The second step is to stay calm and listen. We can practice taking turns while speaking and really listening to what each person has to say. We can stay curious and find out what aspect of the situation matters most to them. Then we can creatively problem-solve together how to best meet those needs in another way.

MKM: What do you do if you encounter pushback? Or you’re unable to come to an understanding?

LD: We may not be able to come to an understanding. If so, we need to take steps to get the emotional support we need to stay firm with our boundaries to keep ourselves and others safe. Our loved ones may feel hurt or rejected, they may feel like we just don’t really care about them or want to see them.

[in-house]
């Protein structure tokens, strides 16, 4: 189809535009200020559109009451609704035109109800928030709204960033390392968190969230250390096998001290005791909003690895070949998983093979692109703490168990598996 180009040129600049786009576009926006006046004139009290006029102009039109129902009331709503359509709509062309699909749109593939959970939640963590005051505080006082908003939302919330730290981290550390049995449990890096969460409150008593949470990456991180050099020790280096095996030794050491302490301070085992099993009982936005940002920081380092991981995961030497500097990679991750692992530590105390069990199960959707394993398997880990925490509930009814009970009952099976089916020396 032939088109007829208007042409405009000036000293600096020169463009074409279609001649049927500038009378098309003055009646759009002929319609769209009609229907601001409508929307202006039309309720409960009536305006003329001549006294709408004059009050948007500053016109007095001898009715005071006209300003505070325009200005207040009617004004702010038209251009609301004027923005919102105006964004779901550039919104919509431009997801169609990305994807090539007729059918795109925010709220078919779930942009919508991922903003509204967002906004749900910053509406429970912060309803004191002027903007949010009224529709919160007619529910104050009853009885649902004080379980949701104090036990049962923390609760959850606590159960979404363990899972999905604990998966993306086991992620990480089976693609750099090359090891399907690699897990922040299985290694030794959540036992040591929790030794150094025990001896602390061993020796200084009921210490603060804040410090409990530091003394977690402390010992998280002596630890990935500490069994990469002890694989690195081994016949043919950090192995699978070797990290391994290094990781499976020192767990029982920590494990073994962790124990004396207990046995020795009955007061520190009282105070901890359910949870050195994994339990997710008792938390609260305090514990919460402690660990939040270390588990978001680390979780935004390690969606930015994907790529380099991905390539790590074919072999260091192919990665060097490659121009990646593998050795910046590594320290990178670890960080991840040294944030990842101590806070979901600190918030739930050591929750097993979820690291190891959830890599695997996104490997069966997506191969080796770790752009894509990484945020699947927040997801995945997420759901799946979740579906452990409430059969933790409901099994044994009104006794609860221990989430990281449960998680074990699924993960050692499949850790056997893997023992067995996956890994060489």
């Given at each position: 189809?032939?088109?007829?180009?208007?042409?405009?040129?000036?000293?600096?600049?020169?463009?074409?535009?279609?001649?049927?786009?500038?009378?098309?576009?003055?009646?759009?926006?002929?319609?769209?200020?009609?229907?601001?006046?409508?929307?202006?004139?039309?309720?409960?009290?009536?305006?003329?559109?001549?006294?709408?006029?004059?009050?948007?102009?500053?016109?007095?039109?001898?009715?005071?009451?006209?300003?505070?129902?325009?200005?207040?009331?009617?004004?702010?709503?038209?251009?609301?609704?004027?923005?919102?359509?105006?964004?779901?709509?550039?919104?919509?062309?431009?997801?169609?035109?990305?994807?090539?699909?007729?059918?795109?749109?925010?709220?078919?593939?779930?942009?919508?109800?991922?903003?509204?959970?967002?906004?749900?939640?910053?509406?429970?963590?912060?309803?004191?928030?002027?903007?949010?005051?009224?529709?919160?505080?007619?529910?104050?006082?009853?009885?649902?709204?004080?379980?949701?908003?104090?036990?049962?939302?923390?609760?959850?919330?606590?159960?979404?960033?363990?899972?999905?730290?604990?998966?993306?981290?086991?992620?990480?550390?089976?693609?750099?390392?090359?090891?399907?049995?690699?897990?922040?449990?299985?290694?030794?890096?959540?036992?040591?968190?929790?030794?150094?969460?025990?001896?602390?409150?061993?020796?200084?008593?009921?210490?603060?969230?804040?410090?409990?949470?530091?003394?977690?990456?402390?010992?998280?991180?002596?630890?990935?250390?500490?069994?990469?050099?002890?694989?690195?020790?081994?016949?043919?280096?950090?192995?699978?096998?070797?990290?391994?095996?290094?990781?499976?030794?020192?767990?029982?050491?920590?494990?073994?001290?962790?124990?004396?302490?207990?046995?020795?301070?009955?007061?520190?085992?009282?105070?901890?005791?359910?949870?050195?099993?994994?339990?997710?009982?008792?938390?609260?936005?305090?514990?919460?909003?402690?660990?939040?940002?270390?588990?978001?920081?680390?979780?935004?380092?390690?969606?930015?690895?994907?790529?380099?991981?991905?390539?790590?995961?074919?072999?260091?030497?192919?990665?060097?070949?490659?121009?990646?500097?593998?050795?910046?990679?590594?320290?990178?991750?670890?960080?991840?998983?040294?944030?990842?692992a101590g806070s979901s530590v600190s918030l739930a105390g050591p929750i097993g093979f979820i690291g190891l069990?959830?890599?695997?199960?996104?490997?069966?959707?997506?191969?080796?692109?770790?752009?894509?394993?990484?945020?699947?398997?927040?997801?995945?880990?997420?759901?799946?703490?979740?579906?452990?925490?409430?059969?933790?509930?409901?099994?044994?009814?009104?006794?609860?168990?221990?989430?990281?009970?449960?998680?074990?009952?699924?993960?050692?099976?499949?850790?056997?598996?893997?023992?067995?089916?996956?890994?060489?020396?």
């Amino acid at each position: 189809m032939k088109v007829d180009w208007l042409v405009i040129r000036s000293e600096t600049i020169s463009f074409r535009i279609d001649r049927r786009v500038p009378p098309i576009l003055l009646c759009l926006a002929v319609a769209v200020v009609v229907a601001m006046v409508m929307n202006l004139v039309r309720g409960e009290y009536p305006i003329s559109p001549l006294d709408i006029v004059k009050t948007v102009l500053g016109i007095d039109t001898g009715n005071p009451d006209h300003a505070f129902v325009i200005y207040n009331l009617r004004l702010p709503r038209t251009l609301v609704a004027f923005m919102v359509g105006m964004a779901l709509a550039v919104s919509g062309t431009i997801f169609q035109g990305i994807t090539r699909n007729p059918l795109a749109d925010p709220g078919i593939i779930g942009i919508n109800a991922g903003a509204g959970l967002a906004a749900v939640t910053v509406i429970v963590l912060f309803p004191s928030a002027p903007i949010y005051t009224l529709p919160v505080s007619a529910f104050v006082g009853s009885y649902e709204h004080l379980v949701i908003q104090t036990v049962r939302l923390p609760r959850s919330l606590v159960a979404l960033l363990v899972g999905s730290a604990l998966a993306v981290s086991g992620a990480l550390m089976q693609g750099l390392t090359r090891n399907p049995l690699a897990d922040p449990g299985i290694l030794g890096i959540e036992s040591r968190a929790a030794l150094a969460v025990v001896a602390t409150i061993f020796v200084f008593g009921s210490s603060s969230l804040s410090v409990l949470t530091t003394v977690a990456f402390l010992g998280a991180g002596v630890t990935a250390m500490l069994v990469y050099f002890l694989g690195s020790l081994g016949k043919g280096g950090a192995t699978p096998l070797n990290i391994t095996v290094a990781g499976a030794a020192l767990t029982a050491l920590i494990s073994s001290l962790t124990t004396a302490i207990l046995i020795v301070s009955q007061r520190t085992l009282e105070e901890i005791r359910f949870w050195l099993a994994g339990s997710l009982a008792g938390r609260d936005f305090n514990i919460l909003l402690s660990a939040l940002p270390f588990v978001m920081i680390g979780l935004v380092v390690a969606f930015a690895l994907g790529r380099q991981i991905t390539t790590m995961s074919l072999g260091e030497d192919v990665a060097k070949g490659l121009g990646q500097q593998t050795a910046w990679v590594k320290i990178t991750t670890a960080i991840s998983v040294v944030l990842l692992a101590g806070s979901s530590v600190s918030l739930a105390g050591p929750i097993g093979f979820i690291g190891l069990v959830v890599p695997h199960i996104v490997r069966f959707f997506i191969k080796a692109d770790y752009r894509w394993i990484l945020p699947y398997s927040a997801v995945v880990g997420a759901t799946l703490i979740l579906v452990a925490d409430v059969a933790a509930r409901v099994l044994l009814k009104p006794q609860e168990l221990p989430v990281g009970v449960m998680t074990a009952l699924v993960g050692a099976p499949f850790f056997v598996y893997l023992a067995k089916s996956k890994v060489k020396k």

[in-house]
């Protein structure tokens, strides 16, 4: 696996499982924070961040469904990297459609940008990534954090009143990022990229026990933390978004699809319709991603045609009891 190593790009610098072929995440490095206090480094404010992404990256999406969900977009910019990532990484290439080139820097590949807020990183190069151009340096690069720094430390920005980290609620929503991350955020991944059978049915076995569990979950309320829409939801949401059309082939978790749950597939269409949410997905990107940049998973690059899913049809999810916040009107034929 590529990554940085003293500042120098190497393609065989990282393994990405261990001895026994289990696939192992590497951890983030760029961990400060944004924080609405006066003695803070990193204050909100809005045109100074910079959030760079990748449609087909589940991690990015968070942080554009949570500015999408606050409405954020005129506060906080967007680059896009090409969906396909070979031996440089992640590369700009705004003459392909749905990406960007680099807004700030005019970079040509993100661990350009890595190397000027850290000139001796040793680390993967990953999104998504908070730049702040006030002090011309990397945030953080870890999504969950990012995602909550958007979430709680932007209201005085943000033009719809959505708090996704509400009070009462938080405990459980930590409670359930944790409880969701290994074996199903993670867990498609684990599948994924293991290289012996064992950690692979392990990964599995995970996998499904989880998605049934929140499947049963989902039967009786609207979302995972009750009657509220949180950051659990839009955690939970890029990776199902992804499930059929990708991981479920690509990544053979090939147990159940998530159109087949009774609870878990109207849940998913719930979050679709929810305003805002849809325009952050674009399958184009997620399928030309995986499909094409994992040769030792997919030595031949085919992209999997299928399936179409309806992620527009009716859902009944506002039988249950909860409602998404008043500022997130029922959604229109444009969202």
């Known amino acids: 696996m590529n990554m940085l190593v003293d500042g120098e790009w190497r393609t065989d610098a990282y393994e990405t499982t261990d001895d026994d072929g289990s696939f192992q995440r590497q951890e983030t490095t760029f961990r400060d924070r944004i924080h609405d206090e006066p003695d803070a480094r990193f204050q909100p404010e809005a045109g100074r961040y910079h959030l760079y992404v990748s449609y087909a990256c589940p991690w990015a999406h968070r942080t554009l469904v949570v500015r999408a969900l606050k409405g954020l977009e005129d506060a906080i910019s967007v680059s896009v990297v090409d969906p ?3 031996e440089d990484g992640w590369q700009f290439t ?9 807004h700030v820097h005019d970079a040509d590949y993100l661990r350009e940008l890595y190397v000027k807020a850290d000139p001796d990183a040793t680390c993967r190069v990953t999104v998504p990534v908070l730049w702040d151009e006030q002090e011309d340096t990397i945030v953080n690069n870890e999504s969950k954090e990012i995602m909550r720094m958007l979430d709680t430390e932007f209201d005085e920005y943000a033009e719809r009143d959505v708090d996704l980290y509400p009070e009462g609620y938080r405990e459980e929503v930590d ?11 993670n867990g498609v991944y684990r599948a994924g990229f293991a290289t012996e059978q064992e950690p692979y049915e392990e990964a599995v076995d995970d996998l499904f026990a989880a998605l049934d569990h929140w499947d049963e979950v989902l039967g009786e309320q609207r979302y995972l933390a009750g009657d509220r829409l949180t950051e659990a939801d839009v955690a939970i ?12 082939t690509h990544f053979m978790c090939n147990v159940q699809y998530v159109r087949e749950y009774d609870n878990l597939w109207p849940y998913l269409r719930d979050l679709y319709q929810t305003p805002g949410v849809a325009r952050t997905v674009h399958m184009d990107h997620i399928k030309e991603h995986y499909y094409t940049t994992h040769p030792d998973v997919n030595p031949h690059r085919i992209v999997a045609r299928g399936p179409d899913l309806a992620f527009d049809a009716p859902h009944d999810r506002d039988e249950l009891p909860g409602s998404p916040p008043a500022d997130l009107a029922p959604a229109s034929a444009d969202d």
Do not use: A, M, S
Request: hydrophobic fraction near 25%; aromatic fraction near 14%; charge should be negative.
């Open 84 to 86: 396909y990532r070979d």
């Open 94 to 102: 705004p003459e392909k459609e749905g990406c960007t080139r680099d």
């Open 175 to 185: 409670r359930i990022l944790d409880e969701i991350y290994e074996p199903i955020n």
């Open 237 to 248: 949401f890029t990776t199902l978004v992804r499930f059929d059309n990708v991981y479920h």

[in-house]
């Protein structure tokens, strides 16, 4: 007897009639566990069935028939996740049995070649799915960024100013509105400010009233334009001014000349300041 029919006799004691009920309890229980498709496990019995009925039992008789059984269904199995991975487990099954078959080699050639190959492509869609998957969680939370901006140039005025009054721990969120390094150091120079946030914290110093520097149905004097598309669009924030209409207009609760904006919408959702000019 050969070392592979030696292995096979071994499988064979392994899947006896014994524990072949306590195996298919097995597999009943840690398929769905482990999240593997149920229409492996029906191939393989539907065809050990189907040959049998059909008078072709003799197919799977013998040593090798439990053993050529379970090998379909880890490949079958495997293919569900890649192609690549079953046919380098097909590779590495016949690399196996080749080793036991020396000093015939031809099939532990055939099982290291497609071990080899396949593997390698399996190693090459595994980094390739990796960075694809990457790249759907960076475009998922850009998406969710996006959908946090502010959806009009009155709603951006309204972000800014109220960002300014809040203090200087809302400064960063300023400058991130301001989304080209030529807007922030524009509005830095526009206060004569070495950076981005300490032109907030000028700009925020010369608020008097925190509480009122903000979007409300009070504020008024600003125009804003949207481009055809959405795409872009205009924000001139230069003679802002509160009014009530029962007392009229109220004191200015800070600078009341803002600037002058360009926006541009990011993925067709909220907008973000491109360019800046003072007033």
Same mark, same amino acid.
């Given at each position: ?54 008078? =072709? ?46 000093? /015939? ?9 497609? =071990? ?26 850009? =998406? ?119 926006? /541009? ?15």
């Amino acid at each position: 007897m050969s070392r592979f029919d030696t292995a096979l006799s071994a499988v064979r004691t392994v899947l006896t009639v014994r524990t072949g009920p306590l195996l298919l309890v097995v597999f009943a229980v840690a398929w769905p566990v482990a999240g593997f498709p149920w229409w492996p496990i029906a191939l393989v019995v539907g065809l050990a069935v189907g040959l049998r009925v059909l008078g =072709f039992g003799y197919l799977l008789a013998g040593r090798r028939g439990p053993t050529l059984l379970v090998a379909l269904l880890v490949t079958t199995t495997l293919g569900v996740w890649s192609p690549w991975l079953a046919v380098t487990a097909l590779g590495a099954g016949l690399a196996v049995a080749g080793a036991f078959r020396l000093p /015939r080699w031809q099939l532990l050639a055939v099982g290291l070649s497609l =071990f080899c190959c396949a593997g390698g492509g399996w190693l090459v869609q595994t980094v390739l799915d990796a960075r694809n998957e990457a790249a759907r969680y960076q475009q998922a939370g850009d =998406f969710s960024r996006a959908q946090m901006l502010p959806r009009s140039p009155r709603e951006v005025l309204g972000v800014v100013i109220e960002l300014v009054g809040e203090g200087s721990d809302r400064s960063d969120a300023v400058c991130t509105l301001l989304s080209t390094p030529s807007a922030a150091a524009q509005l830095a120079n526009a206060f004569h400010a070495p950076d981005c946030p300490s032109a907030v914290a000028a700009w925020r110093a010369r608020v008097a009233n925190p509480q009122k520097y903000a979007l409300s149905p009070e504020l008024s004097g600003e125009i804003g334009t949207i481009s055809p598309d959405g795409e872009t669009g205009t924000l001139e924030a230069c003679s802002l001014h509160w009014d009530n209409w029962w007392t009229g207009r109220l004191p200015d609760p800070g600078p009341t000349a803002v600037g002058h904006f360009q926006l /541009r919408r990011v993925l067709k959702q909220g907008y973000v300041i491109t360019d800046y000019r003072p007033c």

We can stay firm in our decision not to increase COVID-19 risk by inviting them to a virtual gathering, or if they don’t want to gather with us in that way due to hurt feelings, we can send a video message, leave a voicemail or write a letter sharing some of our happiest memories spent together and our desire to gather together again for the holidays next year — or sooner if that becomes safe to do.

MKM: Is there anything you should not do, or want to avoid, when you have this conversation?

LD: The main thing to avoid when having this type of conversation is getting into a heated argument. If we can take a few deep breaths to ground ourselves and remember our intentions around creating and maintaining loving family relationships, that can help us stay focused and not reactive in the moment.

For some of us, staying calm when our loved ones are angry with us can be very hard to do. If we find ourselves reacting in kind, or raising our voices and saying something we later regret, we can always apologize and try again. It can mean a lot to someone to hear, ‘I’m sorry I yelled. This is a hard conversation for me to have and I wish I had stayed calmer. Can we try again?’